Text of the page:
Getting a Pre-Nuptial Agreement in Singapore
You get married for life, right? What is yours is mine, and what’s mine is yours, and ‘til death do us part? Well, if you have your own wealth, or your spouse does, it may be a good idea to get a prenuptial agreement so that you and your spouse can protect your wealth. In the event that you decide to end your marriage, a prenuptial agreement can protect your assets and help ensure as secure of a financial future for you as possible.
Before you get a prenup, consider how much you or your spouse have in assets. If either of you are owners of family businesses, properties, or heirlooms, a prenup may be in order. A prenup usually enables you to keep ownership of your assets if you divorce. If you make less than $100,000 per year, you probably don’t need a prenup, but you might want to get one if you have over $200,000 per year in assets. Even if you make less than the $100,000 point per year, you can protect yourself from being responsible for any debt your partner has. Creditors may try to get marital property even after a divorce is finalized. The prenup can say that you both agree not to be liable for each other’s debts both during marriage and in the case of divorce.
If one partner is much wealthier than the other, it may be a good idea to have a prenup that will spell out the division of property and spousal maintenance in the event of divorce.
In the case of second or subsequent marriages, a spouse may want a prenup to protect themselves because they experienced a less-than-cordial parting from their last spouse. Additionally, they may want to protect their children from previous marriages. The prenup will establish what the new spouse must do or not do regarding caring for their stepchildren.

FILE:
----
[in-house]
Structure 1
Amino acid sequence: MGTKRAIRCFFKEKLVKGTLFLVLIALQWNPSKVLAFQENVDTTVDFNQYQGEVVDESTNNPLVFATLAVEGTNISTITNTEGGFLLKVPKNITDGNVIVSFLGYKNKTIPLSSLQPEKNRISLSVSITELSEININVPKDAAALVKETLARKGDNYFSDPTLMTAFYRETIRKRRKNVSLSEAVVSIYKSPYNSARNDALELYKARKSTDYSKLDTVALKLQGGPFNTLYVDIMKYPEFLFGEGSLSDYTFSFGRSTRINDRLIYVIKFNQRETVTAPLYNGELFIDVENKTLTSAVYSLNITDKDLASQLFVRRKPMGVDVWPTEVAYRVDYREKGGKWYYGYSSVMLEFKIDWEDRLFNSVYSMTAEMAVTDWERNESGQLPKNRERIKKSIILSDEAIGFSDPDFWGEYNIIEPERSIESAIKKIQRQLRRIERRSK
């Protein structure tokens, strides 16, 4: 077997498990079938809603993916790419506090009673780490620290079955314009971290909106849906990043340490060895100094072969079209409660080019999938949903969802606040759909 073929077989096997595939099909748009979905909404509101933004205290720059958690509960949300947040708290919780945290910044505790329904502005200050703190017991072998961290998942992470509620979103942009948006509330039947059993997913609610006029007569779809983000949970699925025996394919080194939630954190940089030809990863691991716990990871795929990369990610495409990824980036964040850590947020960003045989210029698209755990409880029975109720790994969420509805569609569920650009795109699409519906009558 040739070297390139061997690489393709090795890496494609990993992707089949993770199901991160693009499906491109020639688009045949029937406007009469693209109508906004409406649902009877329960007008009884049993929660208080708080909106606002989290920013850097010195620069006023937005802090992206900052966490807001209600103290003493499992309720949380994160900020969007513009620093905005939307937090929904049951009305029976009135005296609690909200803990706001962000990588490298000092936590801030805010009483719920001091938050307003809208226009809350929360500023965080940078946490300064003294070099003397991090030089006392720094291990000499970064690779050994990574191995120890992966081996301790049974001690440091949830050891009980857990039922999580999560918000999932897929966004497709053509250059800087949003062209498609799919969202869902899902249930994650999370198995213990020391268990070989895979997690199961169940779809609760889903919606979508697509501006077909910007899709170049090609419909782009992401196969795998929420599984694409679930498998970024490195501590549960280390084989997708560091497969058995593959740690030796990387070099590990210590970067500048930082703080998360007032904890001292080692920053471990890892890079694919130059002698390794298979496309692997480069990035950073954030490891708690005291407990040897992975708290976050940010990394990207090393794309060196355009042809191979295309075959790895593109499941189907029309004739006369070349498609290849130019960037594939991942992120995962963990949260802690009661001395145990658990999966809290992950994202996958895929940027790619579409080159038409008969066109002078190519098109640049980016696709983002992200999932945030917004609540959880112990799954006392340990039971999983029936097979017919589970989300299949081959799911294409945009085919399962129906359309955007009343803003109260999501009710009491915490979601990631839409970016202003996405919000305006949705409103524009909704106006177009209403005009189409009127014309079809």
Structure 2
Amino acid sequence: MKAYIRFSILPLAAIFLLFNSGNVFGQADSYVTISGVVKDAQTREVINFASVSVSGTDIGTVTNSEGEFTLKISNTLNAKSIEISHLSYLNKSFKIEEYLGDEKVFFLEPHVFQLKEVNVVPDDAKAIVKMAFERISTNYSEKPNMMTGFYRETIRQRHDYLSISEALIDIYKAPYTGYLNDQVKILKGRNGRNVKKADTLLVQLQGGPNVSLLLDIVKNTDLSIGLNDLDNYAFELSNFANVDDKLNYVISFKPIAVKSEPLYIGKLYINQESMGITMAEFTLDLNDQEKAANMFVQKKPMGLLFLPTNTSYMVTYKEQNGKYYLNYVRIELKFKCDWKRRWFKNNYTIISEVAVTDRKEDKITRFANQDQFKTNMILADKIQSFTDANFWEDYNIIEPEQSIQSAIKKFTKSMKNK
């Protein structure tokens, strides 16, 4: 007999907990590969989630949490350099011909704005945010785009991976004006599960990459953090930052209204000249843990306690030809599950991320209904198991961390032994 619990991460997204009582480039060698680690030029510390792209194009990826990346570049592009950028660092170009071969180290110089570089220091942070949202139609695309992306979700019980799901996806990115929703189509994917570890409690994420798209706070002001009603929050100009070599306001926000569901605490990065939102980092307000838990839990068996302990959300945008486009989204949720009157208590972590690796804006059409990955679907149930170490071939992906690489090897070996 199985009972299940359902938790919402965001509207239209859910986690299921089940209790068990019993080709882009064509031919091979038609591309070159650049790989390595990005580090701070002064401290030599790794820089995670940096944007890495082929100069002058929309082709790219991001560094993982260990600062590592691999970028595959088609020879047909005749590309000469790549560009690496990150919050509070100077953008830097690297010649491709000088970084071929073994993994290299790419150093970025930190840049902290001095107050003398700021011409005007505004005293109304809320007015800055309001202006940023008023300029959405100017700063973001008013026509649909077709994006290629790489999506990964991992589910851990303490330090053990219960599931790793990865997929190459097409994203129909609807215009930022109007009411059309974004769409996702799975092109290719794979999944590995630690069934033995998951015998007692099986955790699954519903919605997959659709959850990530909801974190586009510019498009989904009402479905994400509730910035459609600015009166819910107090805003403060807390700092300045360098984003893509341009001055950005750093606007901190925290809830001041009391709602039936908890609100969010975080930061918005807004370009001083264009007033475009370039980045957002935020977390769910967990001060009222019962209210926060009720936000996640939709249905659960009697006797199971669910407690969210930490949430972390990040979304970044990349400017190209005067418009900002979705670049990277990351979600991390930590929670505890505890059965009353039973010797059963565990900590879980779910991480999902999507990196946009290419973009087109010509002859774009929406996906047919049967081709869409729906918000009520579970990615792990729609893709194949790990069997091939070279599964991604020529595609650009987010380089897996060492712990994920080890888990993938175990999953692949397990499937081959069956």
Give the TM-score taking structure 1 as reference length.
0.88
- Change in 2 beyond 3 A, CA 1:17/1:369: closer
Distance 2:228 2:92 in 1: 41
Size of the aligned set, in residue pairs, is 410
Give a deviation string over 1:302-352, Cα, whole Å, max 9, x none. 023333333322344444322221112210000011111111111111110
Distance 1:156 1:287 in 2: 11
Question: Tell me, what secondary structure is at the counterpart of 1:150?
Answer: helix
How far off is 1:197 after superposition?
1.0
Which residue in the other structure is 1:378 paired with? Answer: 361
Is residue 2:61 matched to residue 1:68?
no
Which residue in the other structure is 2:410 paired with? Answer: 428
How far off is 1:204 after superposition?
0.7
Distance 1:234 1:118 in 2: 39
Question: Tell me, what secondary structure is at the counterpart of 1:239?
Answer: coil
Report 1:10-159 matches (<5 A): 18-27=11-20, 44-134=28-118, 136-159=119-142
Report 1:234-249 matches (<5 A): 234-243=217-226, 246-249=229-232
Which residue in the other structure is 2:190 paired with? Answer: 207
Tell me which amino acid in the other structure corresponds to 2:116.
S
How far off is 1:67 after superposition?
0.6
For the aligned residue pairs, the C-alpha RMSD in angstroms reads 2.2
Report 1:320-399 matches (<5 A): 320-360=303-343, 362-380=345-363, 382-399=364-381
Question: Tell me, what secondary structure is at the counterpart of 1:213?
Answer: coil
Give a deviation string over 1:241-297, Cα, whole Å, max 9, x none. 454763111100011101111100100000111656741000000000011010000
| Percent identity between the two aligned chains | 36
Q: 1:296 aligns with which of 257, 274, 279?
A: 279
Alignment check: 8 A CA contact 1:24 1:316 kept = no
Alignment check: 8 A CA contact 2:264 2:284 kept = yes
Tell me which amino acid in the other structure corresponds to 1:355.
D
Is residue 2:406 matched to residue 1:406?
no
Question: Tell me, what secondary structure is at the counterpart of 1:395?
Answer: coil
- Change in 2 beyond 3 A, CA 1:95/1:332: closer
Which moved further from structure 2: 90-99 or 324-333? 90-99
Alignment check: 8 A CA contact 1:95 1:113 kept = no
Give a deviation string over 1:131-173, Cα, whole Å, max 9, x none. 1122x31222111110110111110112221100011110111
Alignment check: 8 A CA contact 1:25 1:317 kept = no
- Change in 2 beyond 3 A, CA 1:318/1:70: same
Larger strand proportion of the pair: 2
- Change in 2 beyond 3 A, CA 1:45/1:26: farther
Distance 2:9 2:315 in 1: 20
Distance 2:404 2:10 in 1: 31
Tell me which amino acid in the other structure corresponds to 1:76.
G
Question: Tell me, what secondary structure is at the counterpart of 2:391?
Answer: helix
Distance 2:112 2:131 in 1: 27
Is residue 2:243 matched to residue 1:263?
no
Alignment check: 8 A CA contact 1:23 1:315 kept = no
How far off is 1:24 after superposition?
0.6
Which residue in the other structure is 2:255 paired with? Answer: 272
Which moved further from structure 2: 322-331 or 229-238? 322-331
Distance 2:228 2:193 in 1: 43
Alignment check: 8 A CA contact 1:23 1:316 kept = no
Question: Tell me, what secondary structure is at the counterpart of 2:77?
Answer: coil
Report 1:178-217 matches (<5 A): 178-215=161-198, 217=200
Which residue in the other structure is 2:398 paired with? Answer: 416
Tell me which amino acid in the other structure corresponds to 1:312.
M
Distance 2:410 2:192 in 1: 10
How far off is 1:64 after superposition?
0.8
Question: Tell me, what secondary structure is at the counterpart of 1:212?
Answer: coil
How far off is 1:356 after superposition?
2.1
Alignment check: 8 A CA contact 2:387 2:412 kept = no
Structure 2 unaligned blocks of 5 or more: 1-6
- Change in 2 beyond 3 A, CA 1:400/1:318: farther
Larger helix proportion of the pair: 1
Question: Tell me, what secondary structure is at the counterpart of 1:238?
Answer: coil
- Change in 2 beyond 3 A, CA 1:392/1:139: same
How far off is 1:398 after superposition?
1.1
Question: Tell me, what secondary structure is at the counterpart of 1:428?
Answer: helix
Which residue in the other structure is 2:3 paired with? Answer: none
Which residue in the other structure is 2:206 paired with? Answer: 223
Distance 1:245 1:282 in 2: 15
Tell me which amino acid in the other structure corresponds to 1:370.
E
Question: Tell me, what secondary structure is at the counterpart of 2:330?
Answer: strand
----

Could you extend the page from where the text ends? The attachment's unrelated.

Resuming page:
Specifically, it can lay out what assets will be given to children from previous marriages, but it’s still important that a will is written to help ensure that these provisions are legal. Additionally, if a spouse pays child support from a previous marriage, and the new marriage results in divorce, a prenup can ensure that these children still are supported.
In the event of a divorce, you will probably find that a prenuptial agreement can speed up divorce proceedings greatly and cut down on the cost of legal fees. If a couple has made an agreement on the splitting of their assets before the marriage, the court can use that as a reference point on the division of property during the divorce.
Prenup agreements are not as common in Singapore in part because they are not as strictly enforced as they are in some other countries. The courts in Singapore will look at each case individually. The court is the ultimate decider of the division of matrimonial property in Singapore, not the prenup. The courts also consider any debt of either spouse, their individual contributions to the family’s welfare, and the best interests of children involved in the case. The court derives its authority to have the final say regarding the division of matrimonial property from the Women’s Charter.
If a prenup relates to the care of children, it is assumed that the agreement isn’t enforceable unless the person relying on the agreement shows unequivocally that the agreement is in the best interests of the children.
If a prenuptial agreement is made in another country, such as in the case of a marriage between someone from Singapore and another country or between two ex-patriates residing in Singapore, the court is more likely to uphold the prenup agreement’s provisions.
Should you decide to get a prenup, make sure you and your future spouse disclose completely all of your financial assets and speak with a qualified lawyer. Sign the prenup about a month or more before the wedding to show the court in the future that no one’s rights were compromised because of emotion or ignorance. Getting a prenup can protect the individuals in a marriage for a variety of reasons. Getting a prenup may be the best and most mature thing you can do to protect yourself.